"Universe - the Infinite Frontier" won an Emmy and New York Festivals Finalist awards. It is a video telecourse comprised of 26 half-hour episodes (programs). There is also a 21-episode series adaptation available, "Universe: The Infinite Frontier Adaptation".
It is based on the college astronomy textbook, "Horizons", by Michael A. Seeds, Professor of Physics & Astronomy. Professor Seeds was also senior consultant for this video telecourse. "Horizons" had been the best-selling college astronomy textbook in the country several years.
The series was produced by the Coast Learning Systems division of Coastline Community College, an award-winning producer of instructional media since 1973. This 1994 course seems to be no longer available. And it seems to be superseded by their 2005 production of "Astronomy: Observations & Theories". As with all of their courses, it was developed under the supervision of a National Academic Advisory Team representing community colleges and universities from all over the United States.
These 28-minute episodes (lessons) are most often viewed on college-run public television stations. College credit for courses associated with this series can be earned through enrollment at those colleges.
Here is the list of 26 episodes with descriptions for "Universe - the Infinite Frontier":
1. "The Scale of the Cosmos" introduces the stars, galaxies, and planets with stunning computer animation and photographs from NASA and the Jet Propulsion Laboratory (JPL).
2. "The Sky" explores different cultures' views of celestial events and objects over the span of human history.
3. "Cycles of the Sky" explains the sidereal and synodic periods of the moon.
4. "The Origin of Modern Astronomy" examines the foundations of astronomy, and the work of Aristotle, Ptolemy, and other ancient Greek scientists and philosophers.
5. "Newton, Einstein, and Gravity" describes Newton's law of gravitation, three laws of motion, and traces the development of Einstein's theories.
6. "The Tools of Astronomy" presents an overview of the electromagnetic spectrum and the types of information provided by individual bands.
7. "Atoms and Starlight" traces the evolution of the scientific study of light and the identification of the basic types of spectra by Bunsen and Kirchhoff.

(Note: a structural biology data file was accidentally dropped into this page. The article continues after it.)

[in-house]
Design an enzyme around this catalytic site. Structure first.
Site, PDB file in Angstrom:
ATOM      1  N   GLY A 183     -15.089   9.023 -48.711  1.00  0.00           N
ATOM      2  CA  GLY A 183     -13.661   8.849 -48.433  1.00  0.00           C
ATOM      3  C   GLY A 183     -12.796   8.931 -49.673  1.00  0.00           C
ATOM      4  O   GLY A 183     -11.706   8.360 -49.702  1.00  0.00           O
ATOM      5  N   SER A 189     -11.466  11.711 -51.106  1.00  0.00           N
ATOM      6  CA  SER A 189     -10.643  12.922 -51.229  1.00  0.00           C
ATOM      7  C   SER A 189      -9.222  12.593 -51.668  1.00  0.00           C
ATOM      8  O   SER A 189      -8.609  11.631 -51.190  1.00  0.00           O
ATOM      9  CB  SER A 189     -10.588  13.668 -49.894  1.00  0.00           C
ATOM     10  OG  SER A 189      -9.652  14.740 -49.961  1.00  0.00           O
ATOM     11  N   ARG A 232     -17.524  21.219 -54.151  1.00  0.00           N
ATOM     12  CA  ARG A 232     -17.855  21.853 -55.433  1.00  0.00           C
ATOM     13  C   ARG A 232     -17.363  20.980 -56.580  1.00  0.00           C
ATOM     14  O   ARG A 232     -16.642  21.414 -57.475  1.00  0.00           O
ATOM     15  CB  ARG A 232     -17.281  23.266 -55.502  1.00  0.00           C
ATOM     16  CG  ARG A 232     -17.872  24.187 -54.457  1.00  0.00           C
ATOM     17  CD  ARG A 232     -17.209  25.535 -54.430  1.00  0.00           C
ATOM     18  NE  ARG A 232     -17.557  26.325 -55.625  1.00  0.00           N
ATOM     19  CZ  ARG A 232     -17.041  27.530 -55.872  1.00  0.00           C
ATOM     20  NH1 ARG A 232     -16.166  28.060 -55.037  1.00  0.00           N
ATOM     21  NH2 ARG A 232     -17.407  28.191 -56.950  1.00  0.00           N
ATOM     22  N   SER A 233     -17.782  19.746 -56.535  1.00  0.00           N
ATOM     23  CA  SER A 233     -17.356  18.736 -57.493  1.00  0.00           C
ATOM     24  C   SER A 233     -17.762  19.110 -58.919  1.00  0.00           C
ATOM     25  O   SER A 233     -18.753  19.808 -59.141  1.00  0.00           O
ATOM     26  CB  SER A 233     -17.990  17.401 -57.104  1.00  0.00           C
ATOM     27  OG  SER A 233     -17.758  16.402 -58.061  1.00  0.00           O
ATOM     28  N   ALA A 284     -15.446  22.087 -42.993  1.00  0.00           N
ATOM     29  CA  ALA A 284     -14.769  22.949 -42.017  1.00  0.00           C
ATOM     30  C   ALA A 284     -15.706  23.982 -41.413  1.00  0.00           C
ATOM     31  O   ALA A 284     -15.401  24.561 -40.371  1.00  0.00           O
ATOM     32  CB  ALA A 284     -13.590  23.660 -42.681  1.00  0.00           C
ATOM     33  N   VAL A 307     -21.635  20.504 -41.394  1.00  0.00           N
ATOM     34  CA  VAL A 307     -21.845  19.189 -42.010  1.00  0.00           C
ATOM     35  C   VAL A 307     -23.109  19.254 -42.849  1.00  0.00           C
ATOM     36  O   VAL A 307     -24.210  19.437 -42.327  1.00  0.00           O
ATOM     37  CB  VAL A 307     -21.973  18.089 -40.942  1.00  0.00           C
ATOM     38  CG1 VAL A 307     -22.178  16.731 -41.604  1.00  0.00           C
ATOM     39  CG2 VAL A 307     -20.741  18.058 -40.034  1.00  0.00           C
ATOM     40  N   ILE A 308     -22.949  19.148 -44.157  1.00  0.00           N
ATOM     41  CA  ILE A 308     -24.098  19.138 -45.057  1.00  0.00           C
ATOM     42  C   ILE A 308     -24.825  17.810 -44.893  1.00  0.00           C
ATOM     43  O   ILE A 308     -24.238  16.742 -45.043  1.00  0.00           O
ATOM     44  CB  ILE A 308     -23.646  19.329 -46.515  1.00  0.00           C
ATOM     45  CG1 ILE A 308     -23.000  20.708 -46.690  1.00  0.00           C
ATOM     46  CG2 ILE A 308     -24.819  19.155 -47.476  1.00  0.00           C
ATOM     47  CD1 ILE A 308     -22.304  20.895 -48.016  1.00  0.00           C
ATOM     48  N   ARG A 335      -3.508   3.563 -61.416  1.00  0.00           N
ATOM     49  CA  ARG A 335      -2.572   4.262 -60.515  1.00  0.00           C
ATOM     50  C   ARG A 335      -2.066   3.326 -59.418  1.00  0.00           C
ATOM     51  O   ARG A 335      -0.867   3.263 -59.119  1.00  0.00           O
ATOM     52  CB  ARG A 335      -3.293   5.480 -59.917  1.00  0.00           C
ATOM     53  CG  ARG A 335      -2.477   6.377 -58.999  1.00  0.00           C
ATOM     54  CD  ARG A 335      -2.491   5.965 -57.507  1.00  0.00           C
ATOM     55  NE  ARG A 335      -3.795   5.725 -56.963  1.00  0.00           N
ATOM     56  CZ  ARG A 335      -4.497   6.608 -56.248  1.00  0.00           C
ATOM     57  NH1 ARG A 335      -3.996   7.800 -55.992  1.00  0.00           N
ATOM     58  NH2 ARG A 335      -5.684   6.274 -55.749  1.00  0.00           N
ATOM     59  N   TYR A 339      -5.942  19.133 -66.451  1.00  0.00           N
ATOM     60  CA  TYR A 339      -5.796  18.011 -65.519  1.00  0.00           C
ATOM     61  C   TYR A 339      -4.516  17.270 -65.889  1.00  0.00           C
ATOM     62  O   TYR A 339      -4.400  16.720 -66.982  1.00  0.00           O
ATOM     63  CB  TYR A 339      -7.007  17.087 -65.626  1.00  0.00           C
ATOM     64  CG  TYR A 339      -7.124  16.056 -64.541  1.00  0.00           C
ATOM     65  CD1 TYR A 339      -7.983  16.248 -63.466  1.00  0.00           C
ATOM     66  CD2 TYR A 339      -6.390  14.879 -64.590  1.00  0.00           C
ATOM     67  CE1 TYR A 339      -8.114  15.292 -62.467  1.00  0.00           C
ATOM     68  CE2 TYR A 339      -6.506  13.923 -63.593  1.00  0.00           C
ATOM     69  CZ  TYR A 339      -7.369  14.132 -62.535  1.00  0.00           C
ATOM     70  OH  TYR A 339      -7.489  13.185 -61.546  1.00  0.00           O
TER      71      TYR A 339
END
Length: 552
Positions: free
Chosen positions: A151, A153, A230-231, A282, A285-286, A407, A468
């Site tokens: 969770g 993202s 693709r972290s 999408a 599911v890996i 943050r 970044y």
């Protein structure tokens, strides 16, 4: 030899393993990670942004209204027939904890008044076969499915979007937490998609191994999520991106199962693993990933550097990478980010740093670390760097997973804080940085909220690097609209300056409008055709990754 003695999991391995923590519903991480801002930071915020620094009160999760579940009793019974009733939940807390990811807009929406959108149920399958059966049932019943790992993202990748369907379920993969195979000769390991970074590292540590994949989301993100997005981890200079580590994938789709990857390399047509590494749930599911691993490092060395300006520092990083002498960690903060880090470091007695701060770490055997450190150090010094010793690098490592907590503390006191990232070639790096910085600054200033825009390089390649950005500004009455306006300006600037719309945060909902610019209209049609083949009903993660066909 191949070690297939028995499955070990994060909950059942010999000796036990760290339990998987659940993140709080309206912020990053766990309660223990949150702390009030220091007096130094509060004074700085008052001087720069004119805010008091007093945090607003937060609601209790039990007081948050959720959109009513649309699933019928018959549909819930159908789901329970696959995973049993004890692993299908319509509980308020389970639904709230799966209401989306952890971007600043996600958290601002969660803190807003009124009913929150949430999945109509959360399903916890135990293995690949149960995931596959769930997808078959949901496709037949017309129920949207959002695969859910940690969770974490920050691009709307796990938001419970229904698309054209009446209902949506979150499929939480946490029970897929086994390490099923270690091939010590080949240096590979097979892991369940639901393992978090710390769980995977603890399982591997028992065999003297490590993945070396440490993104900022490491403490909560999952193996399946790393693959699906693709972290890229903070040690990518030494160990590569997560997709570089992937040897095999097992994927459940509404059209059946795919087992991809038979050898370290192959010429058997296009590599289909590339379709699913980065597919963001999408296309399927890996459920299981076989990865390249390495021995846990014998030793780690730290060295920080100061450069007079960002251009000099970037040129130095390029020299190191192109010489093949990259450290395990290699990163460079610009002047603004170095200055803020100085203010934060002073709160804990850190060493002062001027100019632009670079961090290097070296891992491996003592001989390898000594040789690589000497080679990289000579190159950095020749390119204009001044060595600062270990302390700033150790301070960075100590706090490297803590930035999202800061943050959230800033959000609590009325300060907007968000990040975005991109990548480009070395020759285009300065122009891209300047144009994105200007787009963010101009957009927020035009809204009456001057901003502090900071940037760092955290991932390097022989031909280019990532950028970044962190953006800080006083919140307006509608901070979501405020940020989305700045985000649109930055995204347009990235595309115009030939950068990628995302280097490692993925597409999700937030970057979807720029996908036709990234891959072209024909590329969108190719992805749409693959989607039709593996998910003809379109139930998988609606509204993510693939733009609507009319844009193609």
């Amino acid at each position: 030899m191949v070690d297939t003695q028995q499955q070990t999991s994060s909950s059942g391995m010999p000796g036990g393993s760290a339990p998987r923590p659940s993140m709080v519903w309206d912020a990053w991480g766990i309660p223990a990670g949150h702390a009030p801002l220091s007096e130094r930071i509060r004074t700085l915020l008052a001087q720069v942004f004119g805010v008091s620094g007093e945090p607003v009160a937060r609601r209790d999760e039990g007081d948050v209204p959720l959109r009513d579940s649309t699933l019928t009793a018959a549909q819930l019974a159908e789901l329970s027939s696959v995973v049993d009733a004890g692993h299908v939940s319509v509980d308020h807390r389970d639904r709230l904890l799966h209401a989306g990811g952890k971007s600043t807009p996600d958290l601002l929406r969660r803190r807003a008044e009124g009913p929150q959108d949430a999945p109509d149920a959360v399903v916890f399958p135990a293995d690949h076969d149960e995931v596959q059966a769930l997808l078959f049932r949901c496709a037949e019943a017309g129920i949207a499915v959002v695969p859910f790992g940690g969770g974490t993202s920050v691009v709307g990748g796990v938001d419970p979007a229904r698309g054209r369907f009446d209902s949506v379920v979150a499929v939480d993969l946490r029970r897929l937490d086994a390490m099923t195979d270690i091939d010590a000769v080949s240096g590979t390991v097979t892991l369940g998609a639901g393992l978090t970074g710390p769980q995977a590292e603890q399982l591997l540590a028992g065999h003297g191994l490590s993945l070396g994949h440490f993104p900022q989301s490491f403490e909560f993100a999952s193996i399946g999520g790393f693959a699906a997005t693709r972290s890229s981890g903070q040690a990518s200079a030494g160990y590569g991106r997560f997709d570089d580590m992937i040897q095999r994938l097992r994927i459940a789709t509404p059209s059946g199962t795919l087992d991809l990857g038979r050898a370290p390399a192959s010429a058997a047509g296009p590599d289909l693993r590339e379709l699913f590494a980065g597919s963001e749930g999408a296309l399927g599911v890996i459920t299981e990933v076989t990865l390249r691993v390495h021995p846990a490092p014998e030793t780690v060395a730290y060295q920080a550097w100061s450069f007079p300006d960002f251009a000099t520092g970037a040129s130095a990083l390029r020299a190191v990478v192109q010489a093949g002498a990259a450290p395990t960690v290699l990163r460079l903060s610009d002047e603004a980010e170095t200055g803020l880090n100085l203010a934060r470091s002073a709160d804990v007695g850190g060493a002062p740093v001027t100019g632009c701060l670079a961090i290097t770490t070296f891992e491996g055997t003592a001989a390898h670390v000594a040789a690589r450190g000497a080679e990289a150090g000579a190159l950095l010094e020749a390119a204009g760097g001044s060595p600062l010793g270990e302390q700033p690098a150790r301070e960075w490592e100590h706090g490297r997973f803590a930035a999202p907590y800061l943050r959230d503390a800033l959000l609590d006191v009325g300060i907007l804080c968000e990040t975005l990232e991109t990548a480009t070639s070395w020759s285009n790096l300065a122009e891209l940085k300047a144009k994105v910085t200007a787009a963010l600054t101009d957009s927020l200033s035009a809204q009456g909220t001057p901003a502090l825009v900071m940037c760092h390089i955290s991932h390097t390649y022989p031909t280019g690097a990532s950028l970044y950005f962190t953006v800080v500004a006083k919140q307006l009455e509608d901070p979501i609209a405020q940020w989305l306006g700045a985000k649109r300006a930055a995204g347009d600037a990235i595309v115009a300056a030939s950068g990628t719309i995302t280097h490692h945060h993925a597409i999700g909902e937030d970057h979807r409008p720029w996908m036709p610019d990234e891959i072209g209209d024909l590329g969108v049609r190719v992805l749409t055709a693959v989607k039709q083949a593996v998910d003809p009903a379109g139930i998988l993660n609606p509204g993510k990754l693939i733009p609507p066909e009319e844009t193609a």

8. "The Sun" examines the unique tools utilized to study the sun. Solar astronomers and astrophysicists explain helioseismology.
9. "Stellar Properties" explains the basic technique of parallax and how it is used to measure distance.
10. "Stellar Formation" explains how stars form.
11. "The Lives of Stars" concentrates on the proton-proton chain of nuclear reactions. Computer animation shows how the hydrogen of a star is transformed into helium.
12. "The Deaths of Stars" outlines the events occurring in the eventual fate of a medium-mass star such as our sun, and discusses the significance of stars that have sudden deaths.
13. "Neutron Stars and Black Holes" explains and illustrates the discoveries and concepts of neutron stars, pulsars, and black holes.
14. "The Milky Way" examines the discovery and formation of the Milky Way.
15. "Galaxies" describes how spiral nebulae was first identified by Edwin P. Hubble and his assistant, Milton Humason, as galaxies located outside the Milky Way.
16. "Peculiar Galaxies" summarizes some of the unusual features of peculiar, or active galaxies, and the challenges they pose to those who study them.
17. "The Big Bang" examines the story of the birth and evolution of the universe, and describes current theories.
18. "The Fate of the Universe" (A companion to "The Big Bang") examines several major discoveries in cosmological research that fill gaps in our knowledge of the evolution of the universe.
19. "The Origin of the Solar System" examines the solar nebula theory, and summarizes the evolution of our solar system.
20. "Planet Earth" examines the solar nebula theory, and summarizes the evolution of our solar system.
21. "The Moon and Mercury" explores the two worlds, similar in outward appearance, but quite different inside
22. "Venus and Mars" provides close-up views of Earth's closest neighbors, Venus and Mars, through the use of computer-generated images.
23. "Jupiter and Saturn" describes features of the two planets and discusses similarities and differences between the atmospheres and interiors. It also includes images of Saturn taken on the Voyager missions.
24. "Uranus, Neptune, and Pluto" covers the three outermost planets. Astronomers describe the composition and various theories of each planet's origin in depth.
25. "Meteorites, Asteroids, and Comets" concludes the exploration of the solar system with an examination of solar system debris. Astronomers explain the composition of meteorites, asteroids, and comets and various theories about their origin.
26. "Life on Other Worlds" explores one of humankind's oldest questions: Are we alone in the universe?
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